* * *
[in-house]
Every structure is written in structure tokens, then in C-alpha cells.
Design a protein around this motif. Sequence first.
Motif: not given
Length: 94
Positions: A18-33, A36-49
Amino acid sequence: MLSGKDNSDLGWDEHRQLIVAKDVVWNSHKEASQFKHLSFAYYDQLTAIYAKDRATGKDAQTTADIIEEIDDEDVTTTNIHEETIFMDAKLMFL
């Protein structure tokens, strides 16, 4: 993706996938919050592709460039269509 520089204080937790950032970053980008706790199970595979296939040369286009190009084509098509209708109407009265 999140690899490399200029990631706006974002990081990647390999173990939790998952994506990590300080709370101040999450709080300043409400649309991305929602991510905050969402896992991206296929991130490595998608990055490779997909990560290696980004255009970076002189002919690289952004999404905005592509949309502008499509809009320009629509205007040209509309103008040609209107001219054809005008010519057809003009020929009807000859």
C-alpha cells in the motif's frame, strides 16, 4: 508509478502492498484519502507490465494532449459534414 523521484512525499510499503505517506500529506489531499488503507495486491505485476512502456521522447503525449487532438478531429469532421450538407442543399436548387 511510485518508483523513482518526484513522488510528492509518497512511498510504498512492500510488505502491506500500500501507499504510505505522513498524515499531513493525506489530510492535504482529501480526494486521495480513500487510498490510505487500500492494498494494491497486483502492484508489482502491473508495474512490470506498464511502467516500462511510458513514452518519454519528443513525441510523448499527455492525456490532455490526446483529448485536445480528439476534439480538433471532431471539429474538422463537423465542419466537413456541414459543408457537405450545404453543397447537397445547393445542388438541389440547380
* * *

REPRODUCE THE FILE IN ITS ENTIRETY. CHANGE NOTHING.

[in-house]
Every structure is written in structure tokens, then in C-alpha cells.
Design a protein around this motif. Sequence first.
Motif: not given
Length: 94
Positions: A18-33, A36-49
Amino acid sequence: MLSGKDNSDLGWDEHRQLIVAKDVVWNSHKEASQFKHLSFAYYDQLTAIYAKDRATGKDAQTTADIIEEIDDEDVTTTNIHEETIFMDAKLMFL
């Protein structure tokens, strides 16, 4: 993706996938919050592709460039269509 520089204080937790950032970053980008706790199970595979296939040369286009190009084509098509209708109407009265 999140690899490399200029990631706006974002990081990647390999173990939790998952994506990590300080709370101040999450709080300043409400649309991305929602991510905050969402896992991206296929991130490595998608990055490779997909990560290696980004255009970076002189002919690289952004999404905005592509949309502008499509809009320009629509205007040209509309103008040609209107001219054809005008010519057809003009020929009807000859």
C-alpha cells in the motif's frame, strides 16, 4: 508509478502492498484519502507490465494532449459534414 523521484512525499510499503505517506500529506489531499488503507495486491505485476512502456521522447503525449487532438478531429469532421450538407442543399436548387 511510485518508483523513482518526484513522488510528492509518497512511498510504498512492500510488505502491506500500500501507499504510505505522513498524515499531513493525506489530510492535504482529501480526494486521495480513500487510498490510505487500500492494498494494491497486483502492484508489482502491473508495474512490470506498464511502467516500462511510458513514452518519454519528443513525441510523448499527455492525456490532455490526446483529448485536445480528439476534439480538433471532431471539429474538422463537423465542419466537413456541414459543408457537405450545404453543397447537397445547393445542388438541389440547380